Bobi Wine’s arrest in Kampala, Uganda, shortly after he registered his candidacy for the upcoming presidential election. PHOTO | HEBOBEWINE.
By Adam Musa,
Tranquility News reporter, North America
As Uganda is in preparation for the January 14 presidential and parliamentary elections, the situation in the country seems to be capricious and volatile. Journalists, opposition members, and human rights activists are under constant attacks by partisan state actors.
On January 7, 2021, the Committee to Protect Journalist (CPJ) reported: Since December last year — Ugandan security agents assaulted at least 11 journalists and detained two. Meanwhile, Daily Monitor reported on November 19, 2020, that more brutality was unleashed on the general population by the state security agents; over 50 people were killed (by summary execution) on the streets of Kampala because of a peaceful demonstration amidst a pandemic; it is alleged that other members of public are still in incommunicado, with no any iota of trace. Isn’t this a crime against humanity? One wonders!
“We are all implicated, if we allow other people to be mistreated. An absence of compassion can corrupt the decency of a community, a state or a nation.” Bryan Stevenson, author of ‘Just Mercy’, says.
Apparently, there is no clear data to indicate the number of people in state captivity beyond the constitutionally mandated 48 hours. However, unverifiable sources estimate the number to be more than one thousand Ugandans — who are mostly youth detained in unknown locations; a catastrophe that has left relatives and well-wishers in specter of despair and hopelessness.
Let’s not forget the message of Mr. Stevenson: The closer we get to mass incarceration and extreme levels of punishment, the more it is necessary to recognise that we all need mercy, we all need justice, and perhaps, we all need some measure of unmerited grace.
If a regime can only offer temporary freedom due to constant pressure by powerful voices locally and internationally to only the famous or well-connected political prisoners; like former lightweight boxing champion Justin Juuko, who was held incommunicado for about three weeks. Then local and international community ought to demand for more accountability on behalf of the other vulnerable and voiceless Ugandans languishing in state captivity because of their political opinion.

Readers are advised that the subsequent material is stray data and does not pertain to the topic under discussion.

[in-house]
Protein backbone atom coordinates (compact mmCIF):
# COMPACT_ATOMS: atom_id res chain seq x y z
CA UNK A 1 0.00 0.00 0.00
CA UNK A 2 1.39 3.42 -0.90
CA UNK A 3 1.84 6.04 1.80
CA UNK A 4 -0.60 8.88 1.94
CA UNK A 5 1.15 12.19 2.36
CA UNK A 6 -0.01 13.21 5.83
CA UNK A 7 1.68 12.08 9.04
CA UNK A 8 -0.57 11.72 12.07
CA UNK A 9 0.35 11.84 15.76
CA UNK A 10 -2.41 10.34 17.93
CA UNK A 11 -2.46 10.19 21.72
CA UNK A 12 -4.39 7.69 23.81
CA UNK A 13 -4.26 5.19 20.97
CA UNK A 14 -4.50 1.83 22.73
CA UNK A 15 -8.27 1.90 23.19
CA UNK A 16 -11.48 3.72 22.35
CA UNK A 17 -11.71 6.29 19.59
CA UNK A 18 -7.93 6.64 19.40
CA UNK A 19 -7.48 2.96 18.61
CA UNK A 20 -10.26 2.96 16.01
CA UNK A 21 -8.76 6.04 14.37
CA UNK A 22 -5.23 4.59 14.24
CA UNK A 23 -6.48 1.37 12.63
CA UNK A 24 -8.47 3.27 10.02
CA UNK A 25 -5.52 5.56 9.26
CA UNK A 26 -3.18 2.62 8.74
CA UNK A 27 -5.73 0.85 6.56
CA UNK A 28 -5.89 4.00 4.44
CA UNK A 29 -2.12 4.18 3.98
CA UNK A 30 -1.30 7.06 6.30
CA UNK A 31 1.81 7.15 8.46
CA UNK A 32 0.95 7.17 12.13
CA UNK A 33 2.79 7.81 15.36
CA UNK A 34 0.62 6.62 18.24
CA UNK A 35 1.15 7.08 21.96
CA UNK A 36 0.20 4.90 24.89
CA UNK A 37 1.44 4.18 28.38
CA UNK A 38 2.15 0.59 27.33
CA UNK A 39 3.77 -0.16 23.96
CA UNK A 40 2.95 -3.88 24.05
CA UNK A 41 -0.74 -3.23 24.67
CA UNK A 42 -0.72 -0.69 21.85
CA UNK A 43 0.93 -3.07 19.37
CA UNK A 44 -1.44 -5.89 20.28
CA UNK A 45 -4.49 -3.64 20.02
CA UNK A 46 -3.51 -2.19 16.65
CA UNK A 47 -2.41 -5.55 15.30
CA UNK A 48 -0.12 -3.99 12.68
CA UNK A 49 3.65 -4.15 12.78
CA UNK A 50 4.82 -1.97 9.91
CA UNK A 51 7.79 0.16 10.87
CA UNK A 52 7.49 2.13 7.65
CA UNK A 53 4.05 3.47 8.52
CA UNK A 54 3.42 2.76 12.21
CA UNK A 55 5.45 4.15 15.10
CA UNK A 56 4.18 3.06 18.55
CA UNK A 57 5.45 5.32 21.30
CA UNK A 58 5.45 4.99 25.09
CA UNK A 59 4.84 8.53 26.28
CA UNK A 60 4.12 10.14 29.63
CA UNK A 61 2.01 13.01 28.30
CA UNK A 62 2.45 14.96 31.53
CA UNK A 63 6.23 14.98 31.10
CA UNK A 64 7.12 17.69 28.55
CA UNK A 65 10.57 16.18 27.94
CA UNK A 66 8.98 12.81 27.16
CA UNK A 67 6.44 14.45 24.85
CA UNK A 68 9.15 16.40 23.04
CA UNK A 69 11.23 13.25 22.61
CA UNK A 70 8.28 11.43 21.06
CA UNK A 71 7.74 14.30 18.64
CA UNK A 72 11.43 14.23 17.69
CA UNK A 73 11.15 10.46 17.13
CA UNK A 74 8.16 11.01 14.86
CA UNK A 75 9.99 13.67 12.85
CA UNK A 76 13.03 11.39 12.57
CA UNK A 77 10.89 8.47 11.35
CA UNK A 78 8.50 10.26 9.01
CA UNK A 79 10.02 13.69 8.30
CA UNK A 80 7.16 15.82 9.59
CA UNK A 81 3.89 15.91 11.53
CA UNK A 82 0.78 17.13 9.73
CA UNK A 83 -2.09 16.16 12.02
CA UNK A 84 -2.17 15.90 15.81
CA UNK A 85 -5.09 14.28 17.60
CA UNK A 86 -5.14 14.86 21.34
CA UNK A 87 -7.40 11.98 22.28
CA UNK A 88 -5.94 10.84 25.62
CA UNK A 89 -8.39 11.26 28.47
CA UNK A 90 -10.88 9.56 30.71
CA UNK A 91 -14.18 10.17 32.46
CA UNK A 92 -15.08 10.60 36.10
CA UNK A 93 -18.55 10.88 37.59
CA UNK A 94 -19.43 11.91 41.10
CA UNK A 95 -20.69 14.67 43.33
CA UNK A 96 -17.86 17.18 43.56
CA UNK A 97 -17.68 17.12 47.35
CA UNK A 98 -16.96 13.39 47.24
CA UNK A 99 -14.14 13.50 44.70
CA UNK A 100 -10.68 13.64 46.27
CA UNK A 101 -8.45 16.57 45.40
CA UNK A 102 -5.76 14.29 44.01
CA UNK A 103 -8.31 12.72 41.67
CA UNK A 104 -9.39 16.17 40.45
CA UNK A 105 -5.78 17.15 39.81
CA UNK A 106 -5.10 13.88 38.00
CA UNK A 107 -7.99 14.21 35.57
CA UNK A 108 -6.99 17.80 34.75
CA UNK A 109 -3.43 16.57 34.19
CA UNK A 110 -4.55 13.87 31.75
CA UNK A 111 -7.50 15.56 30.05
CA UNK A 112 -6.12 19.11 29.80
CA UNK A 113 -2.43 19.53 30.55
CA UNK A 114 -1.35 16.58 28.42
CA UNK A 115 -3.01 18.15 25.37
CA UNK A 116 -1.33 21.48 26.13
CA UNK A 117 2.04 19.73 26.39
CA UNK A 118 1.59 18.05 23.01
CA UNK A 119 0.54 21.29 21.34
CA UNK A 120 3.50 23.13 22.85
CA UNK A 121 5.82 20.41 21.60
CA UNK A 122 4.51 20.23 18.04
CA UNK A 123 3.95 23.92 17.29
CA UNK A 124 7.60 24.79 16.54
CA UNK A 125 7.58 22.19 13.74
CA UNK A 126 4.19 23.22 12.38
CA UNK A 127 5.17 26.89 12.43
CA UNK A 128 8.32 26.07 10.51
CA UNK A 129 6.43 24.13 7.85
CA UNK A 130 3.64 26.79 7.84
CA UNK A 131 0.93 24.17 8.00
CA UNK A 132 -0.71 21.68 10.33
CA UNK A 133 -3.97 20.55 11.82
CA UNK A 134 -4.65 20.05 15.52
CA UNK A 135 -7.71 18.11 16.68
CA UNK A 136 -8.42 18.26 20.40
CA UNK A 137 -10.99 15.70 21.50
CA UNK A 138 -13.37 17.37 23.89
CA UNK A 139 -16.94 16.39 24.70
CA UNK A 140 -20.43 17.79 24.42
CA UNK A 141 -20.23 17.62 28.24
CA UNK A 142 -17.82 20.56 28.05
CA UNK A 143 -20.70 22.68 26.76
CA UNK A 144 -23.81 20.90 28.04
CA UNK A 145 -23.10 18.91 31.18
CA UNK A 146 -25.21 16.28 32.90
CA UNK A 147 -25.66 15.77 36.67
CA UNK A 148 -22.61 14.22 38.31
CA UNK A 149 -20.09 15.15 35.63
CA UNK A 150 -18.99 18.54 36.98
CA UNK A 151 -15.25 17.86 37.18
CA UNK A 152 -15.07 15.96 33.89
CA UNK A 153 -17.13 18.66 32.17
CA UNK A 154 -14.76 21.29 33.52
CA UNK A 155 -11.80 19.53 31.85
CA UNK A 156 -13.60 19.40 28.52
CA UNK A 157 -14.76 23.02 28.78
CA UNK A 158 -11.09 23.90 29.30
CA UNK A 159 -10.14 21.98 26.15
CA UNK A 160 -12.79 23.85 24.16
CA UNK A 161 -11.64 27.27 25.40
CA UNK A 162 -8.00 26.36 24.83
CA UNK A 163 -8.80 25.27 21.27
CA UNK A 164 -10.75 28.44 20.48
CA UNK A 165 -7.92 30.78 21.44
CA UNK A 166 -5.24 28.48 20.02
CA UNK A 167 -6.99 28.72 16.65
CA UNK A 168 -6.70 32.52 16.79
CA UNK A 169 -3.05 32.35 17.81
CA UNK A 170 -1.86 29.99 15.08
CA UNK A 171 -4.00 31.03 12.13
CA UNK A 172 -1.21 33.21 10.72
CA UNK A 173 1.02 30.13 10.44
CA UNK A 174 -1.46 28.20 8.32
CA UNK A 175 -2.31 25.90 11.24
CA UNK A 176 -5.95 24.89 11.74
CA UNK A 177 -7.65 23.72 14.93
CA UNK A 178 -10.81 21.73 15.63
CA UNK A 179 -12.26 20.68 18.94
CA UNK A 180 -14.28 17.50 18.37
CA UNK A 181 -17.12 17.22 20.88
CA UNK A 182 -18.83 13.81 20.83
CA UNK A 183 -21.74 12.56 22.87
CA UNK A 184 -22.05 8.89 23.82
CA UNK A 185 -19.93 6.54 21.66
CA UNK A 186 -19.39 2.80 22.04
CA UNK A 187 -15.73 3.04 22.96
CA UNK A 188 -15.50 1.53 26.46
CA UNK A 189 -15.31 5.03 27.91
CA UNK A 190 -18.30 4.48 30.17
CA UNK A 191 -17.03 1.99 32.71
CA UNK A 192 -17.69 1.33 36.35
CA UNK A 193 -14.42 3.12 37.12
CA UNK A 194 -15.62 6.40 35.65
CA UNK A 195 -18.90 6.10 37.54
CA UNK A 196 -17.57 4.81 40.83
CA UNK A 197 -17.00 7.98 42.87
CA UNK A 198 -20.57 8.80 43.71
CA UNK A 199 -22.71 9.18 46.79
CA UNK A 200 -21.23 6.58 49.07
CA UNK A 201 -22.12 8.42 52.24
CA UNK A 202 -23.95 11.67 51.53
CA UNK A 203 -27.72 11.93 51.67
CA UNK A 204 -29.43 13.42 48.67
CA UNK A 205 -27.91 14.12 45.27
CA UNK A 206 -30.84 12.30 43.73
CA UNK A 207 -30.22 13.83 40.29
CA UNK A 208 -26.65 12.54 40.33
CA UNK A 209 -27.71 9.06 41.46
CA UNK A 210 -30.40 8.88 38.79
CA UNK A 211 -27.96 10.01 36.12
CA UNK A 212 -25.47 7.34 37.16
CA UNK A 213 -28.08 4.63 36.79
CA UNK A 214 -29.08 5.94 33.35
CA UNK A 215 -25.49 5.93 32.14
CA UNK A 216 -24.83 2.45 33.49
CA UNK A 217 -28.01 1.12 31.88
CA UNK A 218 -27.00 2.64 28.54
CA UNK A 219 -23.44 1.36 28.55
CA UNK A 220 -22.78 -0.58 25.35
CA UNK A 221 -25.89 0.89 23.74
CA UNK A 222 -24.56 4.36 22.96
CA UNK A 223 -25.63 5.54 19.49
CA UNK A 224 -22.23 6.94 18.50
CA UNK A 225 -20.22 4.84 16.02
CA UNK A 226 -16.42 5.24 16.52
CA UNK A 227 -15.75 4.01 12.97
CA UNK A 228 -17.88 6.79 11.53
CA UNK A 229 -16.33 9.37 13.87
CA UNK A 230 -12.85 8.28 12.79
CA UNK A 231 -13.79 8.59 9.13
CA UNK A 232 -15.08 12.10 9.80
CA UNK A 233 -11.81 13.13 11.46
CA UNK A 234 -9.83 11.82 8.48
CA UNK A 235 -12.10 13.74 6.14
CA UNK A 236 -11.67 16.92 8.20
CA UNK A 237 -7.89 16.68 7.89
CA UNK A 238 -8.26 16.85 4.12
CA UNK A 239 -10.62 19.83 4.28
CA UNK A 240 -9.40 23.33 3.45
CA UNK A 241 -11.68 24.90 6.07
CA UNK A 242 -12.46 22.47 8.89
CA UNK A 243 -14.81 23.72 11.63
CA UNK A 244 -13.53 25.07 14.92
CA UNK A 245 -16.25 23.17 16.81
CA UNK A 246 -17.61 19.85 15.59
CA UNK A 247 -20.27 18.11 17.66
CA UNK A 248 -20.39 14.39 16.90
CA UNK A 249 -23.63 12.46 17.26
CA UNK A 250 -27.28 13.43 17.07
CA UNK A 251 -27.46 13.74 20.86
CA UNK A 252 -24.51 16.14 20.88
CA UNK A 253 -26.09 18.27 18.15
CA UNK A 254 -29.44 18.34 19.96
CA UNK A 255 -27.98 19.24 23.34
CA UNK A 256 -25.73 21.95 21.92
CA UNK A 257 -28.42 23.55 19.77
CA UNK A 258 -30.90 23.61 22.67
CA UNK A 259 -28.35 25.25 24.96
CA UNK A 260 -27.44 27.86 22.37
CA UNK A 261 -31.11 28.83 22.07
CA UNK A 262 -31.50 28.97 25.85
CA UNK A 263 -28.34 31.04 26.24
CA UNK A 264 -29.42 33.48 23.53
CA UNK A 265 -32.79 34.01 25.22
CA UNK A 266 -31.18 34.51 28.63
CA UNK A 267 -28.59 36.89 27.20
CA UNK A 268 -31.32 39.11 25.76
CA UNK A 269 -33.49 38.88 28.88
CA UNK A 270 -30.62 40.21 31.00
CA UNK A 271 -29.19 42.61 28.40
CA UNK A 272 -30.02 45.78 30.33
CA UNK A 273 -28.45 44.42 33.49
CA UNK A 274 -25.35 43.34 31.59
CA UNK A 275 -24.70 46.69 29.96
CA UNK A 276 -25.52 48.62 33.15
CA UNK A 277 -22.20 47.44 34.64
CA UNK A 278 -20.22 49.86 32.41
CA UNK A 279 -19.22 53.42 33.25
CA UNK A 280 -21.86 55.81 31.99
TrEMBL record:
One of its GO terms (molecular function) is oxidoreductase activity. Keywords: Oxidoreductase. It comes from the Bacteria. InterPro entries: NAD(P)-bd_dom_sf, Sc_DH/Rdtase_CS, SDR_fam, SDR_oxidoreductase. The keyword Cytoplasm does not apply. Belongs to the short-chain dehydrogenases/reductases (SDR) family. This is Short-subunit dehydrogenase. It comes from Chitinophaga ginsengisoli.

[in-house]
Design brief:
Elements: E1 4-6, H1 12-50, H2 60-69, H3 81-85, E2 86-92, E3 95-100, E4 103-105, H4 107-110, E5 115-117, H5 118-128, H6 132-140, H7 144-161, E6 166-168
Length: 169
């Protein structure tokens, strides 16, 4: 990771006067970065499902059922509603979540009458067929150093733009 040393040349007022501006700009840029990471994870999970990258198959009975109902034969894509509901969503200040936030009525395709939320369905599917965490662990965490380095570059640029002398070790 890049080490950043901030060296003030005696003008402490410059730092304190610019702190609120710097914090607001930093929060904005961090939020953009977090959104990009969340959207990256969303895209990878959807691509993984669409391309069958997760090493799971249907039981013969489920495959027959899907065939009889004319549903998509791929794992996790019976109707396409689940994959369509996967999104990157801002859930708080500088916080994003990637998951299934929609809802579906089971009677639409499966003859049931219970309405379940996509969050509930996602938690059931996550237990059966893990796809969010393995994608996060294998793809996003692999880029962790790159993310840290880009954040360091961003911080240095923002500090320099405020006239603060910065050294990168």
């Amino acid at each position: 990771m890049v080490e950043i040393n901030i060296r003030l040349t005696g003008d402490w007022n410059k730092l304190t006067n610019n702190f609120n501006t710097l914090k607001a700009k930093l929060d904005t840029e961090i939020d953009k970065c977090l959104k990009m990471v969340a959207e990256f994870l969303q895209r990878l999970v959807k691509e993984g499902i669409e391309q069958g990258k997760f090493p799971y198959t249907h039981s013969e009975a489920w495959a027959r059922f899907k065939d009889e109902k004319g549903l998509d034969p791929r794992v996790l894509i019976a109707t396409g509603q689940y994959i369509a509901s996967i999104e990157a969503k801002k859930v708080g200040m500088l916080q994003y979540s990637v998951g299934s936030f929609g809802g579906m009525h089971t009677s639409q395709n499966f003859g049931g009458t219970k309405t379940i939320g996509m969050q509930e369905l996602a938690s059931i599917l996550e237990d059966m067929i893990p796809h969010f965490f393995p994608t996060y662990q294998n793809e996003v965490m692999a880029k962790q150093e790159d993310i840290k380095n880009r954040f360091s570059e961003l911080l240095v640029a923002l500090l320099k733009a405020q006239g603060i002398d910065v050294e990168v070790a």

Majority of Ugandans who disagree with the regime, view the police and other law enforcement agencies as ambassadors of oppression.
Ugandan law enforcement agents normally operate like political mercenaries hired by the National Resistance Movement (NRM) ruling party; it is worse during election season. The mission is to instill fear to whoever the regime may consider as a credible opponent.
As a consequence, majority of the people with no connection to state power wander in despair and survival mode; because of malice, intimidation, bribery and harassment conducted by a few powerful partisan state actors.
President Yoweri Kaguta Museveni, who has been in power for 35 years, has added an extra layer of fear in the population by uttering undemocratic cautionary statements to the population that he is going to unleash an avalanche of state actors against anti-regime protesters.
Raymond Wack, the author of ‘Introduction to Law’, explains how a surveillance society can easily generate a climate of mistrust and suspicion.